Over the last few days I’ve been highlighting elements that interest me in Parallax over on our Discord (https://discord.gg/y4RwvfWcpW) but thought I’d cross post here for the Collective to see! If you browse through the image gallery you’ll see I’ve also included references to other art works and an overview of where van Minnen has featured these elements in his work before. As you’ll see Parallax ties together so many typical features of his work really nicely. 👀
Skull & (gummy) Bones
I wanna start with the “hidden” skeleton in the edition. I count three skulls and a handful of gummy bones as part of the bouquet. Skulls are quite a typical symbol in the 17th century Dutch vanitas paintings that inspired Parallax. They were meant to be a reminder of the certainty of death. What I found interesting is that the skulls seem to be partially obscured from sight, almost as if to say that focus should not be on them or their macabre message.
Now onto the gummy bones, just like the skull these are not new to van Minnen’s work. I really like them and for a very simple reason; I feel it’s a little pun, purposely placed in the work just to make you smile. Gummy sweets are easily recognised because of their shiny and squishy appearance. Traditionally, they are made of gelatin which is really not much more than hydrolysed collagen. Guess where this collagen comes from? Yes, it’s bones! Gummy bones, made of bones; elements out of the body, that go back into the body. Full circle in a little sweet, feels weirdly poetic.
The Baby & the Butterflies
Parallax has a lot of heavier elements and I’d like also look at some lighter ones. As some people have mentioned before, the baby in the vessel can give off an eerie feeling but for me it’s more of a hopeful note. The skull and bones are typical reminders of mortality while both the baby and the butterflies make me think of lightness and life.
The symbols of a foetus and butterflies have been featured in van Minnen’s work before, often in opposition to more gloomy elements in his painting. To me the vessel holding the foetus almost reads like a womb holding new life, birthing the bouquet that holds the skulls. Life leading to death, the natural order of things. The butterflies then not only add an aesthetically pleasing element but can also hold a little message, one of hope. Butterflies have been used by many artists before to indicate hope and optimism in their work. My personal favourites being the butterflies of van Gogh and Dali.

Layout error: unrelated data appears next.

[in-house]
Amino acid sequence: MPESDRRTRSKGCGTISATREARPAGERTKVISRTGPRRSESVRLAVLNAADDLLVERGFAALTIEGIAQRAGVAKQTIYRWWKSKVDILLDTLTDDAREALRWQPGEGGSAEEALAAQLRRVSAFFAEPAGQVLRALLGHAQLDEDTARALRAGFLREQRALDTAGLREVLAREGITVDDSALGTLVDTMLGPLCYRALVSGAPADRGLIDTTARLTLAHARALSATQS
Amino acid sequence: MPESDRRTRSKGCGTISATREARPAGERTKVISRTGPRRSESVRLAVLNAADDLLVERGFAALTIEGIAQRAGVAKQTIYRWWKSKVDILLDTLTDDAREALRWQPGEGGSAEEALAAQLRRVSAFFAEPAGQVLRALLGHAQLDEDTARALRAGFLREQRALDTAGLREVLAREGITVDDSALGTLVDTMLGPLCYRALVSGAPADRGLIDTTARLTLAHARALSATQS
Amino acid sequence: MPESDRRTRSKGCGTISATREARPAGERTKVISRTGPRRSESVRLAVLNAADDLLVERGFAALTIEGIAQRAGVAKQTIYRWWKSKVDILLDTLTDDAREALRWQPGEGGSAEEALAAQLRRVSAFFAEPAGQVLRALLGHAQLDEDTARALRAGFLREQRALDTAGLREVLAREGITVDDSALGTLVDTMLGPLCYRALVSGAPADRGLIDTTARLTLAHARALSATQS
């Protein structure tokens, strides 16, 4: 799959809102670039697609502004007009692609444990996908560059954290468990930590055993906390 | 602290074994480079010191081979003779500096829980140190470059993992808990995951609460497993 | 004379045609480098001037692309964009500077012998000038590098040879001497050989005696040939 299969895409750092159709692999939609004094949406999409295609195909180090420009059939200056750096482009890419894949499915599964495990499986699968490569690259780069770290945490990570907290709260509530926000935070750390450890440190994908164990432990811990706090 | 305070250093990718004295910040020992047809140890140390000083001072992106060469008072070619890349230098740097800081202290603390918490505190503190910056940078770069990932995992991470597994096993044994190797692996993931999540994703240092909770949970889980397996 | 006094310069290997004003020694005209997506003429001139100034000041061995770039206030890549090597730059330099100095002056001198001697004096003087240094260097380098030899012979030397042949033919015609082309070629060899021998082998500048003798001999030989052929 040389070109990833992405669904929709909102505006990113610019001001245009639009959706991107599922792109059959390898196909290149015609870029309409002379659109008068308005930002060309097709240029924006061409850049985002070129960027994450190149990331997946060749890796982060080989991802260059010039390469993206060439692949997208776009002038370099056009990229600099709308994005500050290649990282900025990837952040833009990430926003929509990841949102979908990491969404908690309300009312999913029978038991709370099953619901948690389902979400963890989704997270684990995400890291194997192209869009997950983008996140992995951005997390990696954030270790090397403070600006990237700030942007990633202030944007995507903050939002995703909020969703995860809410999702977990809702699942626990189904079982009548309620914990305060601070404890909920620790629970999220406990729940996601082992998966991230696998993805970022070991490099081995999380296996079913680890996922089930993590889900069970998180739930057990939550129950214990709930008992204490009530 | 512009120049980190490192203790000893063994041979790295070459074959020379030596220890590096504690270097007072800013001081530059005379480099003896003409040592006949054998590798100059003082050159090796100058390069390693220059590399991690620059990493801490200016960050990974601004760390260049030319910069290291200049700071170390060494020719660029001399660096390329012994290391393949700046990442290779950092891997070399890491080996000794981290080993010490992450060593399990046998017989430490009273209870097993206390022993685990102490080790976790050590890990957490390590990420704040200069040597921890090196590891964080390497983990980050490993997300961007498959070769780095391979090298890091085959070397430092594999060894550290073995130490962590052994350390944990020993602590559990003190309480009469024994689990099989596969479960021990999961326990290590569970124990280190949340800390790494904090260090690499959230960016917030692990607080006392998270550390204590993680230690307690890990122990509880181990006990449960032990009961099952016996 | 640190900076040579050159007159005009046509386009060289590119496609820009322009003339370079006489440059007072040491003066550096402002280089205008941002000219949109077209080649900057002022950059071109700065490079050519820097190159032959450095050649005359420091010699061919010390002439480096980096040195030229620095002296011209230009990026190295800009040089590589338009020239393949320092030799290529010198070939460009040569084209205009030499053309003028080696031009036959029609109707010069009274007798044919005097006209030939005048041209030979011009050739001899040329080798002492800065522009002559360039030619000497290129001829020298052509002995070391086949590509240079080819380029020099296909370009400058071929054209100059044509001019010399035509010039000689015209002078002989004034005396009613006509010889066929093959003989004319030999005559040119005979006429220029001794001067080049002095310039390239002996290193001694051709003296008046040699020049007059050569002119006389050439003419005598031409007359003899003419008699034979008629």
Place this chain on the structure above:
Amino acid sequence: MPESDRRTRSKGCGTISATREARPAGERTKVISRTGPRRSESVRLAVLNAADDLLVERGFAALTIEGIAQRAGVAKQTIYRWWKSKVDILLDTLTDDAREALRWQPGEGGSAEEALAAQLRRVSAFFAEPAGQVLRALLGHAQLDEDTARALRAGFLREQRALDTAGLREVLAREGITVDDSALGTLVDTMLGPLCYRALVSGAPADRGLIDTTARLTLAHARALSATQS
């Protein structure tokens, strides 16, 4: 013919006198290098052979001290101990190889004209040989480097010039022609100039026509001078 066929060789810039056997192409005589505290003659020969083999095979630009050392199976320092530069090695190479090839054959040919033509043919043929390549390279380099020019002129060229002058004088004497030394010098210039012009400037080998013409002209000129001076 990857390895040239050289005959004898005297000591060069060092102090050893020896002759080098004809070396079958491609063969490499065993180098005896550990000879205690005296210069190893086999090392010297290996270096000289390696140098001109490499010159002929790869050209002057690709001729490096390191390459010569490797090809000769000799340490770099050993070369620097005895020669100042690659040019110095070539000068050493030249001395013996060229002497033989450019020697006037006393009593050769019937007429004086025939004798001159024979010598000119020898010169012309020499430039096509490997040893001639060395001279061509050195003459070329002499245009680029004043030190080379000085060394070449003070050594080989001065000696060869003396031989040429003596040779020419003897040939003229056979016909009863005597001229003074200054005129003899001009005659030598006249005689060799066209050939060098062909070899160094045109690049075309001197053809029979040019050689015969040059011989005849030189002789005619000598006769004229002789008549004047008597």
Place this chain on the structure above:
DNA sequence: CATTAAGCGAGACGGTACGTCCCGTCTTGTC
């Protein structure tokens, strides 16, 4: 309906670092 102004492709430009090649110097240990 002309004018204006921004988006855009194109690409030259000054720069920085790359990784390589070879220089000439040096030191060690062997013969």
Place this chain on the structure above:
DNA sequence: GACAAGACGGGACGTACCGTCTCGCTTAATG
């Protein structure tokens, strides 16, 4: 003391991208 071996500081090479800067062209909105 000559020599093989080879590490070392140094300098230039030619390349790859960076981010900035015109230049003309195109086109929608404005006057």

Knives & Tulips
Parallax features a lot of gummy elements but the two that first caught my eye were the knives and striped flowers. Now the knives are a more recent element in van Minnen’s work, being prominently featured in many of his paintings from 2019. Vanitas paintings commonly feature knives as a sign of human vulnerability. I love that they are made of gummy, actually rendering them unable to do any harm and contradicting their original meaning.
The striped flowers I’ve seen in van Minnen’s earlier work and they instantly reminded me of striped tulips. These tulips were considered rare and incredibly valuable, leading to an insane speculative bubble in the 17th century also known as tulip mania. While the flower became a real status symbol, in painting it also often symbolises foolishness probably due to their association with the craziness around their speculative trading. They can be seen in the work of many famous Dutch masters like Rembrandt. Now what’s interesting about this variety of tulip is that while admired for their beauty and rarity, bulb grafting was used at the time to create the striped variants but it wasn’t until more than 300 years later in 1928 that scientists discovered the patterns on the leaves had all along been the result of a virus that infects the tulips. Today Tulip Breaking Virus (TBV) is no longer used to create the effect and instead is the result of cross-breeding and hybridisation.
The floating tooth & mini mushrooms
I love the mini mushrooms, they’ve been featured in quite a few of van Minnen’s works and i really like whenever I spot them. In art mushrooms can refer to many different things but are often a hint to their psychotropic properties. Ingesting them has inspired many an artist, Hieronymus Bosch ‘Garden of Earthly Delights’ is one of those typical works said to be created as the result of a very unusual trip..
Now on to the floating tooth, honestly I don't know if it is a tooth. I’ve been looking at this thing for days trying to figure out what it is and then I realised it looks a lot like the silhouette of a wisdom tooth. If it is a tooth it certainly isn’t the first, while not a prominent feature in van Minnen’s work I found a work from 2011 that had a whole set of teeth floating in a bouquet. I wonder why the tooth in Parallax is floating so far away and out of focus.
Would love to hear the associations you have with the different elements of Parallax. Van Minnen's art is open to many interpretations so let me know below what it is you see! 🧐
This painting instantly had a stronger feeling of hope to me when I first saw it, than some of his other gloomier pieces. For many of the reasons you listed and so much of the (perceived) symbology. The purple iris is also a symbol of hope from greek mythology. They are placed on graves to ease guidance to the afterlife. While the grass awn and grass flower often symbolize growth and expansion.
I'm so excited that this is the available print because of these uplifting themes, in my eyes. I get a love of life and newness from it, with a hinting reminder of the temporary nature of our experience and our bodies. ❤️
7 months ago·